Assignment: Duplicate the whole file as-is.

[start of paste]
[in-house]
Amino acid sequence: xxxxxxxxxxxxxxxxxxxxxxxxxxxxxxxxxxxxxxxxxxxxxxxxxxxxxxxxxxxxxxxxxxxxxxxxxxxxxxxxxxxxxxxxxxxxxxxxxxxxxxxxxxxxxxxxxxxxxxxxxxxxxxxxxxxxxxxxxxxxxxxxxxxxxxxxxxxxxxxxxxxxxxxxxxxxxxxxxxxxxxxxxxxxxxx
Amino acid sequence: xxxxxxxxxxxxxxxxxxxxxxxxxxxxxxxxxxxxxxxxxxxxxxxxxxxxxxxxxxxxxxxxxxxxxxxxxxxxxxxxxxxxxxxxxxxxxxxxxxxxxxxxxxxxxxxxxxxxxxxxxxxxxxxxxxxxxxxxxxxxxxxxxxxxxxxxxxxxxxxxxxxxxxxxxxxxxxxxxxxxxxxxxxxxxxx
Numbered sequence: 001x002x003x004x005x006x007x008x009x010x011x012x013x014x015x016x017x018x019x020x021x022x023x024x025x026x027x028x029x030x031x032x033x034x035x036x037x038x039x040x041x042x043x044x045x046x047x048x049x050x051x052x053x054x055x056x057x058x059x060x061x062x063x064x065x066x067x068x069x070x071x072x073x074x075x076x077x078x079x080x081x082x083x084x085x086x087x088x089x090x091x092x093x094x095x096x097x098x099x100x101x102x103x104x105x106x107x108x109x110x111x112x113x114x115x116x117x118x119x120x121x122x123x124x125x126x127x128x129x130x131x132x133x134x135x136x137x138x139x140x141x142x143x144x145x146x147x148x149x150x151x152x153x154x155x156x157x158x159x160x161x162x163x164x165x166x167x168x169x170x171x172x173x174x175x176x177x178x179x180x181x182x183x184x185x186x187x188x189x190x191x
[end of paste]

[in-house]
Amino acid sequence: xxxxxxxxxxxxxxxxxxxxxxxxxxxxxxxxxxxxxxxxxxxxxxxxxxxxxxxxxxxxxxxxxxxxxxxxxxxxxxxxxxxxxxxxxxxxxxxxxxxxxxxxxxxxxxxxxxxxxxxxxxxxxxxxxxxxxxxxxxxxxxxxxxxxxxxxxxxxxxxxxxxxxxxxxxxxxxxxxxxxxxxxxxxxxxx
Amino acid sequence: xxxxxxxxxxxxxxxxxxxxxxxxxxxxxxxxxxxxxxxxxxxxxxxxxxxxxxxxxxxxxxxxxxxxxxxxxxxxxxxxxxxxxxxxxxxxxxxxxxxxxxxxxxxxxxxxxxxxxxxxxxxxxxxxxxxxxxxxxxxxxxxxxxxxxxxxxxxxxxxxxxxxxxxxxxxxxxxxxxxxxxxxxxxxxxx
Numbered sequence: 001x002x003x004x005x006x007x008x009x010x011x012x013x014x015x016x017x018x019x020x021x022x023x024x025x026x027x028x029x030x031x032x033x034x035x036x037x038x039x040x041x042x043x044x045x046x047x048x049x050x051x052x053x054x055x056x057x058x059x060x061x062x063x064x065x066x067x068x069x070x071x072x073x074x075x076x077x078x079x080x081x082x083x084x085x086x087x088x089x090x091x092x093x094x095x096x097x098x099x100x101x102x103x104x105x106x107x108x109x110x111x112x113x114x115x116x117x118x119x120x121x122x123x124x125x126x127x128x129x130x131x132x133x134x135x136x137x138x139x140x141x142x143x144x145x146x147x148x149x150x151x152x153x154x155x156x157x158x159x160x161x162x163x164x165x166x167x168x169x170x171x172x173x174x175x176x177x178x179x180x181x182x183x184x185x186x187x188x189x190x191x